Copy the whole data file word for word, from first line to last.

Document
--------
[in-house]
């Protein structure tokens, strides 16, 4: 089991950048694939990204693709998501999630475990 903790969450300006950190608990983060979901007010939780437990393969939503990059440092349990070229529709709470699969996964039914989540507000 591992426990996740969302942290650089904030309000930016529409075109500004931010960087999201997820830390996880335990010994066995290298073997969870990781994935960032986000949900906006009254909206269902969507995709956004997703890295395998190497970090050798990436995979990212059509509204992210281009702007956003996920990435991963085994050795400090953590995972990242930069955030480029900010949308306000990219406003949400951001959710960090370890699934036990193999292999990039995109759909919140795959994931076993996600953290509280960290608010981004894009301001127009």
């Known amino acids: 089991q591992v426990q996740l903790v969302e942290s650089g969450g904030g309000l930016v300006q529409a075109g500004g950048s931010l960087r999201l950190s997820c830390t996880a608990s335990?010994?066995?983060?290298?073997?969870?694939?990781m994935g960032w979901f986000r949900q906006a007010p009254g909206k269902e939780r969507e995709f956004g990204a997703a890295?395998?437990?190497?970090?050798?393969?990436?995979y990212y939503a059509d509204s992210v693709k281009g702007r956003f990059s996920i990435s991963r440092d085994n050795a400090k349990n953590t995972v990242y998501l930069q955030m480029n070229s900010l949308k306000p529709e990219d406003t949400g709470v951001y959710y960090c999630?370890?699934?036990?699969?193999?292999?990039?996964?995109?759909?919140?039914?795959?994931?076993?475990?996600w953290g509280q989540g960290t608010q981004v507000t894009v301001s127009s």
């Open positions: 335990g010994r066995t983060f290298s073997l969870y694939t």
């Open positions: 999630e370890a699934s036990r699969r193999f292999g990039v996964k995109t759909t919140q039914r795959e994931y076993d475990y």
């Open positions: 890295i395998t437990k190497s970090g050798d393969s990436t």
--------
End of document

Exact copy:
[in-house]
């Protein structure tokens, strides 16, 4: 089991950048694939990204693709998501999630475990 903790969450300006950190608990983060979901007010939780437990393969939503990059440092349990070229529709709470699969996964039914989540507000 591992426990996740969302942290650089904030309000930016529409075109500004931010960087999201997820830390996880335990010994066995290298073997969870990781994935960032986000949900906006009254909206269902969507995709956004997703890295395998190497970090050798990436995979990212059509509204992210281009702007956003996920990435991963085994050795400090953590995972990242930069955030480029900010949308306000990219406003949400951001959710960090370890699934036990193999292999990039995109759909919140795959994931076993996600953290509280960290608010981004894009301001127009």
């Known amino acids: 089991q591992v426990q996740l903790v969302e942290s650089g969450g904030g309000l930016v300006q529409a075109g500004g950048s931010l960087r999201l950190s997820c830390t996880a608990s335990?010994?066995?983060?290298?073997?969870?694939?990781m994935g960032w979901f986000r949900q906006a007010p009254g909206k269902e939780r969507e995709f956004g990204a997703a890295?395998?437990?190497?970090?050798?393969?990436?995979y990212y939503a059509d509204s992210v693709k281009g702007r956003f990059s996920i990435s991963r440092d085994n050795a400090k349990n953590t995972v990242y998501l930069q955030m480029n070229s900010l949308k306000p529709e990219d406003t949400g709470v951001y959710y960090c999630?370890?699934?036990?699969?193999?292999?990039?996964?995109?759909?919140?039914?795959?994931?076993?475990?996600w953290g509280q989540g960290t608010q981004v507000t894009v301001s127009s």
């Open positions: 335990g010994r066995t983060f290298s073997l969870y694939t």
């Open positions: 999630e370890a699934s036990r699969r193999f292999g990039v996964k995109t759909t919140q039914r795959e994931y076993d475990y």
């Open positions: 890295i395998t437990k190497s970090g050798d393969s990436t």